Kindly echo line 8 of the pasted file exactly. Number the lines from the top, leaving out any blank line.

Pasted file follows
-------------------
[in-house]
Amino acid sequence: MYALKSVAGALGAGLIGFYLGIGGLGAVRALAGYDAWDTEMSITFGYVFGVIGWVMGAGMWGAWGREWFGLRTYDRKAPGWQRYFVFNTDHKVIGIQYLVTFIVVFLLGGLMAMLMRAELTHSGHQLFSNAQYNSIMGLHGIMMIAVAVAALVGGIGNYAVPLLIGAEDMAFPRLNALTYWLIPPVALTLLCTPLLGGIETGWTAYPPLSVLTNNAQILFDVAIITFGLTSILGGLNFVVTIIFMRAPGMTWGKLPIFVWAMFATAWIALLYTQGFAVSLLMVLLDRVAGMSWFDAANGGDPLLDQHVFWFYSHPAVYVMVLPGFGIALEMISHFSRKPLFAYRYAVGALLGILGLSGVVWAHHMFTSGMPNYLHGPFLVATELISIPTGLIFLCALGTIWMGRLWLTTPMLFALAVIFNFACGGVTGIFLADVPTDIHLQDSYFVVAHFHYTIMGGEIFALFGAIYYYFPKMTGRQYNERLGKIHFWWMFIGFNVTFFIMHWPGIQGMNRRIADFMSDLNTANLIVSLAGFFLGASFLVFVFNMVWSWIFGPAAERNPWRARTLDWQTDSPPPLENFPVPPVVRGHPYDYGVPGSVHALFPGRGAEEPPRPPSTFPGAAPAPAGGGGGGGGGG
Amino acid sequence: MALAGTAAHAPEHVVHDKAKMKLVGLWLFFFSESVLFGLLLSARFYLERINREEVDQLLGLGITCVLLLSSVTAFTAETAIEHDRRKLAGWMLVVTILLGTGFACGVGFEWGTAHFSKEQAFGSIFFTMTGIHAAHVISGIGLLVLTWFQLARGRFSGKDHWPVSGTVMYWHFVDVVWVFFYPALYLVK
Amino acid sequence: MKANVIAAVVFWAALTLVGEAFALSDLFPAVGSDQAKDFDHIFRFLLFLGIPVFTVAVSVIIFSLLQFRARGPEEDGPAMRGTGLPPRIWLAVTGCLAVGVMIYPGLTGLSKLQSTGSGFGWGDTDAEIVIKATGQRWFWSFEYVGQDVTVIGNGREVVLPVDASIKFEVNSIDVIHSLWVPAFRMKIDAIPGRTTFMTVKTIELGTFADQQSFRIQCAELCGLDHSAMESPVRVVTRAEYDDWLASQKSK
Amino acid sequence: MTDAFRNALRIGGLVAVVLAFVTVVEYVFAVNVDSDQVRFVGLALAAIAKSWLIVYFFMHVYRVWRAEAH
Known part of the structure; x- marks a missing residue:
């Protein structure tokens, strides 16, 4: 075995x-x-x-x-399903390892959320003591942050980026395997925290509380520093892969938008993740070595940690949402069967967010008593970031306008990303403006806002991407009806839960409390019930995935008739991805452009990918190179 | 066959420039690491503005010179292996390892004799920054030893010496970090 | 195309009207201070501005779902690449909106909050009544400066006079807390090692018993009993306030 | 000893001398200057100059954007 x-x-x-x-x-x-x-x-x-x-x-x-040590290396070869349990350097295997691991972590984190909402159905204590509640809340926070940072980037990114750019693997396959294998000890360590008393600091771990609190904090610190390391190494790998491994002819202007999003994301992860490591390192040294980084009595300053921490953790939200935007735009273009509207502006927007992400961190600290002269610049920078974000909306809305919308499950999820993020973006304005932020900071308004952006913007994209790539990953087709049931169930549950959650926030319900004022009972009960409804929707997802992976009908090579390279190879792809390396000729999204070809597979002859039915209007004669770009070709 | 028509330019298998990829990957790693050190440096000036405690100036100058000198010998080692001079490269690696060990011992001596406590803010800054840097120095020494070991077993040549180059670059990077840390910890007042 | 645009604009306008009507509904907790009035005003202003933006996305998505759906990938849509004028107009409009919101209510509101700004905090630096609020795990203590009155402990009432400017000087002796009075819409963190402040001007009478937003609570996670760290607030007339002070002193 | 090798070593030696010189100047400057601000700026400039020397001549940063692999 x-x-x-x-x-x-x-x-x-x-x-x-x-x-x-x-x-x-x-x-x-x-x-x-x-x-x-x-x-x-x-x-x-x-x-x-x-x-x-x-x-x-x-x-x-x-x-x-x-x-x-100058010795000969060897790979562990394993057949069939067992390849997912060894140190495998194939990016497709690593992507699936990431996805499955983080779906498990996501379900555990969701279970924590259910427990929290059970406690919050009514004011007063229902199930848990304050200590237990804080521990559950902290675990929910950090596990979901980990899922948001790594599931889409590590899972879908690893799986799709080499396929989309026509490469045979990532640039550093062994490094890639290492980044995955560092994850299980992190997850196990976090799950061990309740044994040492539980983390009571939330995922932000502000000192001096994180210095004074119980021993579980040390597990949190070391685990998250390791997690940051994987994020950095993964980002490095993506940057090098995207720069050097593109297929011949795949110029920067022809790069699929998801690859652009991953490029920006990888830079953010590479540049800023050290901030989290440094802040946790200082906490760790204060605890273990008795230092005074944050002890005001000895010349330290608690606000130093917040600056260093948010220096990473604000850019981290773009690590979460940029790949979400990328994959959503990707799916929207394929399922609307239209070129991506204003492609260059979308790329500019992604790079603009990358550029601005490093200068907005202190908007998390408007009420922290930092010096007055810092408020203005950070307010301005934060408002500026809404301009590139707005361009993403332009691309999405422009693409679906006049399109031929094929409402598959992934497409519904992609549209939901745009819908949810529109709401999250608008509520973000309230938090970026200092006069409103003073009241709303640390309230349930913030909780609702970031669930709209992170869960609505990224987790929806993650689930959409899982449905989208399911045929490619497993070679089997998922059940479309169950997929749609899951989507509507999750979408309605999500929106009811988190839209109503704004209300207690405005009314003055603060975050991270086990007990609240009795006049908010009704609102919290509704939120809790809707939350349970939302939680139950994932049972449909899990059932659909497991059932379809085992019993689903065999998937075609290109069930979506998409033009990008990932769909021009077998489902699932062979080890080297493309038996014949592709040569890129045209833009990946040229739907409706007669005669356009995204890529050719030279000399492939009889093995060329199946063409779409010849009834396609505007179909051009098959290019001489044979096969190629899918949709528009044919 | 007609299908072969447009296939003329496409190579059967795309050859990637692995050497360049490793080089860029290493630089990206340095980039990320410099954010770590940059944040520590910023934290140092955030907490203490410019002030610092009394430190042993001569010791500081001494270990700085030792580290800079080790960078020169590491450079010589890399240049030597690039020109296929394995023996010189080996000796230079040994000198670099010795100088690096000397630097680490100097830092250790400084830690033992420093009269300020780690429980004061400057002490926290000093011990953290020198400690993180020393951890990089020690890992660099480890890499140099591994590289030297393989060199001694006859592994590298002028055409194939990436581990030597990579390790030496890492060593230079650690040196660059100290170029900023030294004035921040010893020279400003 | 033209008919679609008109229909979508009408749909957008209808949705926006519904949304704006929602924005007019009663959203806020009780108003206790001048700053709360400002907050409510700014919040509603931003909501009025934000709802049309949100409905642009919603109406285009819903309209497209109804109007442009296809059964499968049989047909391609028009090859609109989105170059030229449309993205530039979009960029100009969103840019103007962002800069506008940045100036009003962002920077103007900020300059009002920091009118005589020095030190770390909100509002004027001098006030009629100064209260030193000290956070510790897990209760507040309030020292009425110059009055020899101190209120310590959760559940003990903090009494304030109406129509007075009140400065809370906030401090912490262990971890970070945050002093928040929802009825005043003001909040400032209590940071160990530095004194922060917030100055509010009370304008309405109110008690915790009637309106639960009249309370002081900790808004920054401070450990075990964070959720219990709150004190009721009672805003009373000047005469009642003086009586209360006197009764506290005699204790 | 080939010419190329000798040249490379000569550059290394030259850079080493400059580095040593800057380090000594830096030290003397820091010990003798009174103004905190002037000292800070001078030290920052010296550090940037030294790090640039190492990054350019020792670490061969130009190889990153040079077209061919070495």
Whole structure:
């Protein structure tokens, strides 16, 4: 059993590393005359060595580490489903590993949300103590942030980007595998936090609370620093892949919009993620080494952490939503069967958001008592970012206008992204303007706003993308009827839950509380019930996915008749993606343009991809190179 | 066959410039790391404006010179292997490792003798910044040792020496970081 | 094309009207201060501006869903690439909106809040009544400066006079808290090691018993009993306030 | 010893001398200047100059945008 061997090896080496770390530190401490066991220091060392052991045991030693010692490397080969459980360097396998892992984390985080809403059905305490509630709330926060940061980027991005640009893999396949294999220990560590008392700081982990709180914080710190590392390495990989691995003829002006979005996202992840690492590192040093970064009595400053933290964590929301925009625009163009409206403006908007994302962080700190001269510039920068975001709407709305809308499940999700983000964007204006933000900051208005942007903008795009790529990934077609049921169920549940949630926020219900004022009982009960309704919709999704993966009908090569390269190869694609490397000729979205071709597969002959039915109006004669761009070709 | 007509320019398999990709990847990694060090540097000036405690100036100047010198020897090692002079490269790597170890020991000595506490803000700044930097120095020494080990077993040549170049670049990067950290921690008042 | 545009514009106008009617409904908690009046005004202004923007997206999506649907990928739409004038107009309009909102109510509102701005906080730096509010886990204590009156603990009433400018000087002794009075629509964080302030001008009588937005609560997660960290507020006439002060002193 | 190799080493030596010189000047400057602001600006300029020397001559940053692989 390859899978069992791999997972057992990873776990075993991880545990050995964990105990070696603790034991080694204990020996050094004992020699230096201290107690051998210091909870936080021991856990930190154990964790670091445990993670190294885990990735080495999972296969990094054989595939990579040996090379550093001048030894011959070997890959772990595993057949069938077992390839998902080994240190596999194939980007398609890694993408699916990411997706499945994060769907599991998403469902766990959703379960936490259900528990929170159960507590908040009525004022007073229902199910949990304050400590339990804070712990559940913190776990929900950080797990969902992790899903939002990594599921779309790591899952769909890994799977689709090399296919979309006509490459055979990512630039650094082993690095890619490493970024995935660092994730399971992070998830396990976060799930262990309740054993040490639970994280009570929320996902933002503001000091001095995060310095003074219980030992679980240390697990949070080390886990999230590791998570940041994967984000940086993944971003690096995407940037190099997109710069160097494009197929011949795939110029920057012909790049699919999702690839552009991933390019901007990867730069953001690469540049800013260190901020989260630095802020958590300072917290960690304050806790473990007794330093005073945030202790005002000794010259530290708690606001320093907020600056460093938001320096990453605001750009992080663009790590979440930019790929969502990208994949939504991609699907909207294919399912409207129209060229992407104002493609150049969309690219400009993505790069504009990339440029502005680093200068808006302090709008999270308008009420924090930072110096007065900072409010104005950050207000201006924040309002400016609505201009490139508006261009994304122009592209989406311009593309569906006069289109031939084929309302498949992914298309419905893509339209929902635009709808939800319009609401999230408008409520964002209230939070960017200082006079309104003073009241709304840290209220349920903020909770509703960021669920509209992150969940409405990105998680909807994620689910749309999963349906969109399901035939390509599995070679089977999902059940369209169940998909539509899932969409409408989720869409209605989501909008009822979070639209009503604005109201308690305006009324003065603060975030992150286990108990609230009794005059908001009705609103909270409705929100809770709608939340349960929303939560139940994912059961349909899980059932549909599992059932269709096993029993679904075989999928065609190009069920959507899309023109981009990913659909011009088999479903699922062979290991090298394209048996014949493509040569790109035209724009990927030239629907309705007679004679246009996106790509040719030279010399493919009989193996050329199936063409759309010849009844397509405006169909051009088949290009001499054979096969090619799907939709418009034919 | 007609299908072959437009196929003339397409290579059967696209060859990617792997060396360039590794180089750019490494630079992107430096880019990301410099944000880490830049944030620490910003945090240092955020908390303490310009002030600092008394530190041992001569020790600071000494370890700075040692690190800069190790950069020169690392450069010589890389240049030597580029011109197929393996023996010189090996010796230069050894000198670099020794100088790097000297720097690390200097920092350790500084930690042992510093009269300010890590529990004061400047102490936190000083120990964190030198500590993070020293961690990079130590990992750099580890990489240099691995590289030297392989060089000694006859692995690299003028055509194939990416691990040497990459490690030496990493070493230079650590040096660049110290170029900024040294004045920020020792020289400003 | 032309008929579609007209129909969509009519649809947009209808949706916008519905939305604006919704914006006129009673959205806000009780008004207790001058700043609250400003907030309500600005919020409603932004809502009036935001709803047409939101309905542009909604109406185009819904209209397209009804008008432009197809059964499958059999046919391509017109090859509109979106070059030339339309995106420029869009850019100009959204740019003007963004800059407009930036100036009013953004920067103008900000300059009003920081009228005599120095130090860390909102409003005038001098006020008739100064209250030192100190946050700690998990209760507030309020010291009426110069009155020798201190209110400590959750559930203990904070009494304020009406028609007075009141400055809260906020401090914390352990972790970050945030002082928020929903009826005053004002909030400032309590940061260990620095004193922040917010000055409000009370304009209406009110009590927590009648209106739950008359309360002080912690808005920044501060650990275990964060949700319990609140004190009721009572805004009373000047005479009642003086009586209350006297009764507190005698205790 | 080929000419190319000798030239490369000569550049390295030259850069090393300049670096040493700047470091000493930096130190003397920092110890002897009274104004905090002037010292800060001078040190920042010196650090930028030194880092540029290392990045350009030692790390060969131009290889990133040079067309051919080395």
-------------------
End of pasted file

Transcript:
Whole structure: